The Gypsotheca

The Gypsotheca

The Museo Antonio Canova in Possagno tells the fascinating story of the most important Neoclassical artist in the world.

It comprises:
the Gypsotheca, where the original plaster cast models of Antonio Canova’s masterpieces are kept;
the Birthplace, where the artist’s paintings, drawings and clothes are displayed;
the Garden, the “Brolo” and the Park that, together with the Library and the Historical Archive, complete the unique and original space in which the famous sculptor was born and found inspiration.

The beautiful artistic treasure guarded in Possagno is a fundamental point of reference for knowing Canova as an artist and appreciating all the masterpieces he created in one place. The plaster casts are in fact the original statues from which all the marble copies, now kept in the most important museums of the world, were created.


The word “gypsotheca” comes from Old Greek and means “collection of plasters”. The one in Possagno is the largest monographic Gypsotheca in Europe.

Bishop Giovanni Battista Sartori, stepbrother of Antonio Canova, decided to erect a building that could worthily host all the works of art that were found in the Roman workshop of Via delle Colonnette after the artist’s death. In 1829, all the sculptures left Rome and, departing from a boat in Civitavecchia, reached Marghera two weeks later. From the Venetian port, the artworks were taken to Possagno by cart.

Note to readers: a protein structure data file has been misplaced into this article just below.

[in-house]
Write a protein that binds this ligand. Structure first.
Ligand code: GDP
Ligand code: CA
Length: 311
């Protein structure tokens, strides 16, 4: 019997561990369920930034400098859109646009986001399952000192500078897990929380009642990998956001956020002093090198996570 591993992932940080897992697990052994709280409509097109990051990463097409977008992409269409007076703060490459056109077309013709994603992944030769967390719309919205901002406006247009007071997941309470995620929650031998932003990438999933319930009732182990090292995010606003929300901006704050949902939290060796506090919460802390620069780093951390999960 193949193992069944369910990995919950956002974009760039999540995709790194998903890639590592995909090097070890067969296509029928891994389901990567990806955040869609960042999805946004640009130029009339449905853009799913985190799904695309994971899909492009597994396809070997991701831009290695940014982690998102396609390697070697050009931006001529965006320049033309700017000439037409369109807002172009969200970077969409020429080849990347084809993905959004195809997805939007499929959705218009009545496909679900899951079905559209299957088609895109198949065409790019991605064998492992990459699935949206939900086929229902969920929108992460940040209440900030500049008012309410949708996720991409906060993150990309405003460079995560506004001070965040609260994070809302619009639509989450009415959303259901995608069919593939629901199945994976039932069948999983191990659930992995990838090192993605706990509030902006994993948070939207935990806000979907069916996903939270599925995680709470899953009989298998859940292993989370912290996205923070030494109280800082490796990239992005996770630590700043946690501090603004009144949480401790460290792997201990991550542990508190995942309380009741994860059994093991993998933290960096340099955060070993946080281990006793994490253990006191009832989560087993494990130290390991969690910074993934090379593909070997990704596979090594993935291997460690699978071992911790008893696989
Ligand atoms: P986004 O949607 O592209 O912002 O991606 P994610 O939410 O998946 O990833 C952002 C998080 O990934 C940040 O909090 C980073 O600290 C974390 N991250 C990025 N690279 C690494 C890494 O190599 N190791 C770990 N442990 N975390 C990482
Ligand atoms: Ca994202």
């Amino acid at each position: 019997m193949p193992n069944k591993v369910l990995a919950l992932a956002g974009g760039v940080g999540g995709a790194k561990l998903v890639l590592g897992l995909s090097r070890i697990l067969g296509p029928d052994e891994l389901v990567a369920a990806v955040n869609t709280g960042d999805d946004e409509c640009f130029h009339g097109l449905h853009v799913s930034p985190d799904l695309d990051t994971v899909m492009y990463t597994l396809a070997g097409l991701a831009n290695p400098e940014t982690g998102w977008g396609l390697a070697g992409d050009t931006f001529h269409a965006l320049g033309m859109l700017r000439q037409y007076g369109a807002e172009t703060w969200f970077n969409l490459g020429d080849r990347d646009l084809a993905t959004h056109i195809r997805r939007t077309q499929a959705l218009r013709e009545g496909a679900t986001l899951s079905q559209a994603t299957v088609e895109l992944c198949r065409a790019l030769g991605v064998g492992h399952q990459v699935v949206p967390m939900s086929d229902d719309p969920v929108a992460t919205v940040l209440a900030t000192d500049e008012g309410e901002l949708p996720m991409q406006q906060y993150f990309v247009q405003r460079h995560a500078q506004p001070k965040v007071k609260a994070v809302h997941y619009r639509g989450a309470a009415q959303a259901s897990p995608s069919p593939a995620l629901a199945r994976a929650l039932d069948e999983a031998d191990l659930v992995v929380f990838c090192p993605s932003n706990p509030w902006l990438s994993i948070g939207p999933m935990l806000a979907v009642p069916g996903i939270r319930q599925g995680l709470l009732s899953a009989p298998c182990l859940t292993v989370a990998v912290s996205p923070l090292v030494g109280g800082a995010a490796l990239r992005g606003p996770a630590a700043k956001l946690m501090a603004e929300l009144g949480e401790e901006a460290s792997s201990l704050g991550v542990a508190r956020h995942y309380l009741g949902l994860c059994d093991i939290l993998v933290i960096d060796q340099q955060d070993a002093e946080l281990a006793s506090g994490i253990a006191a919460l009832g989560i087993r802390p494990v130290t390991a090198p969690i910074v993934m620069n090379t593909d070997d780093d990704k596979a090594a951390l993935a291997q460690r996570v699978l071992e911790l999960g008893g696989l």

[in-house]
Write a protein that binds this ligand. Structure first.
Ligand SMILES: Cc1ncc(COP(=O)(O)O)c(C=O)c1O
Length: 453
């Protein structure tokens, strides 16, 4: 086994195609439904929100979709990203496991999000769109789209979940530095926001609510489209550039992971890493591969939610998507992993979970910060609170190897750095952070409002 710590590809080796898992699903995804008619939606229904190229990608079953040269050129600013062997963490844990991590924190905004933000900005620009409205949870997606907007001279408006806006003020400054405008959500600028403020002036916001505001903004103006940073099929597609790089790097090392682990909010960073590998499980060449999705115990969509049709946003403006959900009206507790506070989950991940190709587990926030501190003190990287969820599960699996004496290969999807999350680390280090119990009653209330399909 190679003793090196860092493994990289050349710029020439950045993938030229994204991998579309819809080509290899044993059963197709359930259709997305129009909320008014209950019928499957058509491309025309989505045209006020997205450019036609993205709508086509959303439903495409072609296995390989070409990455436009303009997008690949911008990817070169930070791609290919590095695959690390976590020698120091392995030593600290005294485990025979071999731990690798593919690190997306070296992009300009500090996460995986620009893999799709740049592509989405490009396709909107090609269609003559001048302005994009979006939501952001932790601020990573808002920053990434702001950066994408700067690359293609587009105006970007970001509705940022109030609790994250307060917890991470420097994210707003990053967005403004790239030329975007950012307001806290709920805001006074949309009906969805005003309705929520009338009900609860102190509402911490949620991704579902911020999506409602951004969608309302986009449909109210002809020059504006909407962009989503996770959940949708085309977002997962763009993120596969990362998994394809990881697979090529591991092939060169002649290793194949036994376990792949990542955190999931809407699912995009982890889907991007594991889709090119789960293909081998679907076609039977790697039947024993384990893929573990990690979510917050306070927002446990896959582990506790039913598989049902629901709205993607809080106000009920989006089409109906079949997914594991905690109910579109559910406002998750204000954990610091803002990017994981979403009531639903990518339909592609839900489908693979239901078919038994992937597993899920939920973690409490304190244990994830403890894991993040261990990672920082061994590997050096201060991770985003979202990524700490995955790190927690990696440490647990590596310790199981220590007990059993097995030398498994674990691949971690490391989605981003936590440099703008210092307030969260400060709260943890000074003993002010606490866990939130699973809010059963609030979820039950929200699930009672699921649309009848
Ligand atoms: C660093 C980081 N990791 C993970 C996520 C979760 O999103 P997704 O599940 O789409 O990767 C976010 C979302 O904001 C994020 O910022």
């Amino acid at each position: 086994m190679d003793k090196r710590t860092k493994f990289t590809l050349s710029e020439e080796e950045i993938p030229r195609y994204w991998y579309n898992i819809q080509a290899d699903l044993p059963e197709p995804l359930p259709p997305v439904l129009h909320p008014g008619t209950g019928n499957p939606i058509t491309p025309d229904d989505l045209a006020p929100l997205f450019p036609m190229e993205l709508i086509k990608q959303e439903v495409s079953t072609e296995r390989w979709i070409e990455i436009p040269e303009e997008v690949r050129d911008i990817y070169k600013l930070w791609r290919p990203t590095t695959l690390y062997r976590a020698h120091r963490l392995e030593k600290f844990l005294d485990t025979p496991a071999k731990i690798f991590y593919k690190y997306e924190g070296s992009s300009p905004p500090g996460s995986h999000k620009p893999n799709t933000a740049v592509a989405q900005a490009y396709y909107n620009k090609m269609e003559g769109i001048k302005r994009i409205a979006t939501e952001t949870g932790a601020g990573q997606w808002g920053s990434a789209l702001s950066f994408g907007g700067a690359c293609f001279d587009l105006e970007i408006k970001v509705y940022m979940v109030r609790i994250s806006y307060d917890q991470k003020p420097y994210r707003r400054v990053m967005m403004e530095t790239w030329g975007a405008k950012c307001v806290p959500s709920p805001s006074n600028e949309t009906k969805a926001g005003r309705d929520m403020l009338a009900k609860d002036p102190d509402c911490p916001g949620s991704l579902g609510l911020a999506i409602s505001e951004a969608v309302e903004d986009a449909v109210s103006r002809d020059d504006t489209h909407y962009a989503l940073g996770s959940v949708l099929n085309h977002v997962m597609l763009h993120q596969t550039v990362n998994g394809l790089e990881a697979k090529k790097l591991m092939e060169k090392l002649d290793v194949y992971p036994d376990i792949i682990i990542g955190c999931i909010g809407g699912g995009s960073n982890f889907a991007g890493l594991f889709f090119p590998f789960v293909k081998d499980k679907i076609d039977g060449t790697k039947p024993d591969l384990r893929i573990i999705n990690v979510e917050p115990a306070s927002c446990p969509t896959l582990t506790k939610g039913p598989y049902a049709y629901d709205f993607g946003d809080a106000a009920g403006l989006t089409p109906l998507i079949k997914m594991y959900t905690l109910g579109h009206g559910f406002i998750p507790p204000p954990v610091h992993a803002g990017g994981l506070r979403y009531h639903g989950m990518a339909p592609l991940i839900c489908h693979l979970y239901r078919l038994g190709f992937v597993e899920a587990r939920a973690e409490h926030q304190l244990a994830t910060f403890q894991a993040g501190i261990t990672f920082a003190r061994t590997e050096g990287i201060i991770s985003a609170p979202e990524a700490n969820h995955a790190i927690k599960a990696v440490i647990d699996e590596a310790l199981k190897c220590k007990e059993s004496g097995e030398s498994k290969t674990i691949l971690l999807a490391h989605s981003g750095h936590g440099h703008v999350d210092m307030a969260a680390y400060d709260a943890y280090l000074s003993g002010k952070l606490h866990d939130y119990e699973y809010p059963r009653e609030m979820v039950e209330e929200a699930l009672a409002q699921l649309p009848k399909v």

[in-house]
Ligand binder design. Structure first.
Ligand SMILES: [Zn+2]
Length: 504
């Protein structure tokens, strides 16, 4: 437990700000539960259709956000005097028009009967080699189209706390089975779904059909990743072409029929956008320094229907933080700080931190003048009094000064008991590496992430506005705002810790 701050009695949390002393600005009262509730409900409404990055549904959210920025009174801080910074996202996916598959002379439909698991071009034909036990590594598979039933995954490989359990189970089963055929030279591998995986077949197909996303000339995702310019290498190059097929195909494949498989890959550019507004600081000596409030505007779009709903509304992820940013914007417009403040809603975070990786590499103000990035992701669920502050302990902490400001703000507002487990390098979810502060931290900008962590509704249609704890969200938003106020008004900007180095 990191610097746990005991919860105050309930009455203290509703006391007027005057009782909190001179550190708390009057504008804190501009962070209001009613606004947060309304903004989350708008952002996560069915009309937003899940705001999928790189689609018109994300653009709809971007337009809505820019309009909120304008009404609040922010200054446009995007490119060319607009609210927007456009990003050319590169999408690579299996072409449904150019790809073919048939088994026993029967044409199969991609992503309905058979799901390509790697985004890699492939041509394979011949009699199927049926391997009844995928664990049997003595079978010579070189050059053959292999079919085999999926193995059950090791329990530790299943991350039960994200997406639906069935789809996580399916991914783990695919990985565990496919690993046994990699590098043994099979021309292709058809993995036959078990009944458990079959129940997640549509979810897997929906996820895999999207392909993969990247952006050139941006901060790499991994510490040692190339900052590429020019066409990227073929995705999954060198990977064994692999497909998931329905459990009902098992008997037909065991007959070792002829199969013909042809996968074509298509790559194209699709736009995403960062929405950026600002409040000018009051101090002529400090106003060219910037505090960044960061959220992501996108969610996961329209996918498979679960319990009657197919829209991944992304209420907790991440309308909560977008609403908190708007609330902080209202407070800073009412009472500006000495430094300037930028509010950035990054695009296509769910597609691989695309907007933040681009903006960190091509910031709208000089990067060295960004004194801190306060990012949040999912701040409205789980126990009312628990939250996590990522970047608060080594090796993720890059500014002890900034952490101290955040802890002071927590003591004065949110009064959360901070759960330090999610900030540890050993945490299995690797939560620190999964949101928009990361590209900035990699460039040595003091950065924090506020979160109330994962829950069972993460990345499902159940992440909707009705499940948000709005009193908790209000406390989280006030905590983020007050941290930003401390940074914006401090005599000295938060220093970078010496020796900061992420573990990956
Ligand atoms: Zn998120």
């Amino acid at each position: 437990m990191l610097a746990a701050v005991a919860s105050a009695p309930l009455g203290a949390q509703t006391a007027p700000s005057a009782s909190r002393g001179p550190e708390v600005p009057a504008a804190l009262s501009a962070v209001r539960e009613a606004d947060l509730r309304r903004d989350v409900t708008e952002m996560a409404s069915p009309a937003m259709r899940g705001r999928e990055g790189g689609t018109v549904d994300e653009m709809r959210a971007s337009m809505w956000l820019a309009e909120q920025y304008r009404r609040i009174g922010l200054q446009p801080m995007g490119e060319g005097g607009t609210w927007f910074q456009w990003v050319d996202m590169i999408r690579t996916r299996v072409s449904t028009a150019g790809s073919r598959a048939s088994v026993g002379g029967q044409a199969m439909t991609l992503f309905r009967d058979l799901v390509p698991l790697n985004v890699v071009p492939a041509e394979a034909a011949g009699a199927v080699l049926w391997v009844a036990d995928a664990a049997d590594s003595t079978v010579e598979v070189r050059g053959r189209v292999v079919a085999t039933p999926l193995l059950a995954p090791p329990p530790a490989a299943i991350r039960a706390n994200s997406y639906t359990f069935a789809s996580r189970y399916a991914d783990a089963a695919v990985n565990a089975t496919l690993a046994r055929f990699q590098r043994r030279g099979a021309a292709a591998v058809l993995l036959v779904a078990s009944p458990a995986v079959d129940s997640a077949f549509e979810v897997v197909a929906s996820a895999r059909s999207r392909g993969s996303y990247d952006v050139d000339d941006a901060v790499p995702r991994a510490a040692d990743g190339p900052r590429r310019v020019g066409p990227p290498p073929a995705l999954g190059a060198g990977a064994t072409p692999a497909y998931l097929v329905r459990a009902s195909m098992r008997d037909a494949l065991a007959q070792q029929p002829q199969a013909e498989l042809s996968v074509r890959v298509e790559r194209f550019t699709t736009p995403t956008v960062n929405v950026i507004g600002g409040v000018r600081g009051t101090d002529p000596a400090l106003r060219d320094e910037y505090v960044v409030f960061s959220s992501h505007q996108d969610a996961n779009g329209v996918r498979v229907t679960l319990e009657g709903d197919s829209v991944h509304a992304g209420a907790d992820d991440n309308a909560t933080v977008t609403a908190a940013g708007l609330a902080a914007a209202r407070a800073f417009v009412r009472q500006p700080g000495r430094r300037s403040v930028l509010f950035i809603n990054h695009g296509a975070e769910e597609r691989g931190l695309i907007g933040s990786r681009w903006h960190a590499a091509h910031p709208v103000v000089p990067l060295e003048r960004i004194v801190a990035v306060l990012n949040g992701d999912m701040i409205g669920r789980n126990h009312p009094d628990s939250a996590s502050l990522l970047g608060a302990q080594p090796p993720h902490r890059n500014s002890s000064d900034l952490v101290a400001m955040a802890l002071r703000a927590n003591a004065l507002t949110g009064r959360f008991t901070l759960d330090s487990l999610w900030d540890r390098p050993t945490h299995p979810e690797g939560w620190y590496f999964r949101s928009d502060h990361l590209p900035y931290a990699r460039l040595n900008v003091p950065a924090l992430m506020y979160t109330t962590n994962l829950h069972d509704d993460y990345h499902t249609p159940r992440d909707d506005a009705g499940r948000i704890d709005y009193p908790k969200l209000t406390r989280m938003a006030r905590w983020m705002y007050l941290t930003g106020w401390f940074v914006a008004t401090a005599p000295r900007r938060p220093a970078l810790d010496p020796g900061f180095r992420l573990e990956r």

The building was designed by the Venetian architect Francesco Lazzari to reproduce the setup of the artworks inside the artist’s atelier. The construction works began in 1834 under the direction of Giovanno Zardo and were completed in 1836. The setup was finalized in 1844, after Pasino Tonin, first curator of the Gypsotheca, had concluded his careful restoration of the sculptures.

In 1917, during the First World War, a shell broke through the roof of the Gypsotheca: some plaster casts were destroyed completely and dozens were ruined. The great restoration work undertaken by Stefano and Siro Serafin, father and son, made the Gypsotheca re-flourish and, in 1922, the Museum opened its doors again.

At the outbreak of the Second World War, in order to avoid further damages caused by possible bombings, the Gypsotheca was emptied partially: the statues were transferred and stored inside the Temple of Possagno, where they remained until 1946. The current setup aims at respecting the essence of the Museum that Giovanni Battista Sartori had imagined, the changes that were caused by the World Wars and the contribution of Carlo Scarpa, dating back to 1957.


In 1957, some Canovian works of art in Possagno were positioned according to a more adequate setup thanks to a new building, designed by the Venetian architect Carlo Scarpa (Venice, 1906 – Sendai, 1978).

The aim of the project was valuing the Canovian heritage that visitors could not admire, since it was stored in a warehouse, and planning an appropriate setup for the terracotta sketches. Scarpa managed to position those absolute masterpieces scenically, distributing them on shiny, staggered levels, inside a new structure, where the light can seep in from above.

Today, the new structure by Scarpa is the only Museum completely finalized by the architect and, together with the plaster cast models, all the clay and terracotta sketches, clear expression of the Canovian genius, are displayed.